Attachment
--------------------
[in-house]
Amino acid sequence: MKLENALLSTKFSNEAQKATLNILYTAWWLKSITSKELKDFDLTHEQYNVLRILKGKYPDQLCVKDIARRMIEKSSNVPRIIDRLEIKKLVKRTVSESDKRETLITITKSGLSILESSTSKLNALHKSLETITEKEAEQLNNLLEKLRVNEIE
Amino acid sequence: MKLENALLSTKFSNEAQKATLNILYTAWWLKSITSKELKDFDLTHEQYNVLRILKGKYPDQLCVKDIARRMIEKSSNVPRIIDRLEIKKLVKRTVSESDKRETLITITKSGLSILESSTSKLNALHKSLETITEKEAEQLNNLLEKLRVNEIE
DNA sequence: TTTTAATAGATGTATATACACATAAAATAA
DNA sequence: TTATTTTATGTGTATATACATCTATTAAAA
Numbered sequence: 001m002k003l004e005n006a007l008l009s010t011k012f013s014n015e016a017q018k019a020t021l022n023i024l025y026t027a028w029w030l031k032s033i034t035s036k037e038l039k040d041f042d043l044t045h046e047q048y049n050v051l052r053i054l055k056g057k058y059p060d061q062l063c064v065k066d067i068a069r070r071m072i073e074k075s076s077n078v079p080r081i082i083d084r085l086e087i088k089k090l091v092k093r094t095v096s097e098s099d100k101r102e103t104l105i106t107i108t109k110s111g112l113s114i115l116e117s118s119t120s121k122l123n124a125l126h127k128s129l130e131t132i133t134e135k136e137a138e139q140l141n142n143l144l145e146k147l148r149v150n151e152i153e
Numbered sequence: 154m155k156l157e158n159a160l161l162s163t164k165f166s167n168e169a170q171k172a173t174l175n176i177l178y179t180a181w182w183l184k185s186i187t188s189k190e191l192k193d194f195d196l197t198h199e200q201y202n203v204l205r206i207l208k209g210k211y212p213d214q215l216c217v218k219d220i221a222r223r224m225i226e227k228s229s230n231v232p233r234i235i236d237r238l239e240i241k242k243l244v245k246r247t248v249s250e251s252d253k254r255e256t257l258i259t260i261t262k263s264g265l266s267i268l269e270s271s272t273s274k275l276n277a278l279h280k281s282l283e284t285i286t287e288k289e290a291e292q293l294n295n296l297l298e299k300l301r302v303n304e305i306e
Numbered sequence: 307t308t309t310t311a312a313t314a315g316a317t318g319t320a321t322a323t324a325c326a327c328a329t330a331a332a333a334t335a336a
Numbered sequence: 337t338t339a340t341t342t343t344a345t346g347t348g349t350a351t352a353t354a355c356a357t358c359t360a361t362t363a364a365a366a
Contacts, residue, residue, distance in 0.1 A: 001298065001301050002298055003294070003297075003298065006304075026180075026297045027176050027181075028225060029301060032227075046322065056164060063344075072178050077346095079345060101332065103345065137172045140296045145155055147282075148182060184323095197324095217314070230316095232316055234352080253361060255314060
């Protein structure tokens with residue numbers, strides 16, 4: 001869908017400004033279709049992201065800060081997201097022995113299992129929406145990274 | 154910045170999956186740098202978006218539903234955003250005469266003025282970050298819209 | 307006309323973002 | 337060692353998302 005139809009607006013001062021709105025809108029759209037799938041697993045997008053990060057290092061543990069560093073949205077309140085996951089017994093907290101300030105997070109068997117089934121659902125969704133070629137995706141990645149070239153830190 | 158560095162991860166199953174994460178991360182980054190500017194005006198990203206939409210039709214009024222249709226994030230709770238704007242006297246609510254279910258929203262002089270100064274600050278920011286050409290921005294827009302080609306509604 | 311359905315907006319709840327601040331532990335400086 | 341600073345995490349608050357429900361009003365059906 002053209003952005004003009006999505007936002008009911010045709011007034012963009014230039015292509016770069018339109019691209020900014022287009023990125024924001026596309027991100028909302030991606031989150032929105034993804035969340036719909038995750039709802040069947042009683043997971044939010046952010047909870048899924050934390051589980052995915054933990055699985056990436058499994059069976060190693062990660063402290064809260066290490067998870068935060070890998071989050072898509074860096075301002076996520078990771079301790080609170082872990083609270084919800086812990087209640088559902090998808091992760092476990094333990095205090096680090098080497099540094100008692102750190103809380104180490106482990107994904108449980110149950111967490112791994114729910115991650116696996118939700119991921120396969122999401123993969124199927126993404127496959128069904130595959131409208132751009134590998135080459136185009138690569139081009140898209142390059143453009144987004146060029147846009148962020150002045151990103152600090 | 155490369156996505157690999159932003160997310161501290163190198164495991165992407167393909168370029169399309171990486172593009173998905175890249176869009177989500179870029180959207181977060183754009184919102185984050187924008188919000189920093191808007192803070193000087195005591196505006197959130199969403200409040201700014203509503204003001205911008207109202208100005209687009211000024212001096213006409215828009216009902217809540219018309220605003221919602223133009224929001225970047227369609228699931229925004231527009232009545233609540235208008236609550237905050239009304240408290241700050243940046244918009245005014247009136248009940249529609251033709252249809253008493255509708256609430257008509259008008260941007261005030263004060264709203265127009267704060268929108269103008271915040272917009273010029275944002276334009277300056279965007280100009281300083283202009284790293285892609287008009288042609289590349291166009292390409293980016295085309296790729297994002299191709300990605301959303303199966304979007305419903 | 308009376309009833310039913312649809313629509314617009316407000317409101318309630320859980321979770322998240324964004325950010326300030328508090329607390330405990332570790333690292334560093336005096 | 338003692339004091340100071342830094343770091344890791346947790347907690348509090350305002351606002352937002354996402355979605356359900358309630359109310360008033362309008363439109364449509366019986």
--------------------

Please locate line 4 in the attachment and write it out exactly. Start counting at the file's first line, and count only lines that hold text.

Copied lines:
DNA sequence: TTTTAATAGATGTATATACACATAAAATAA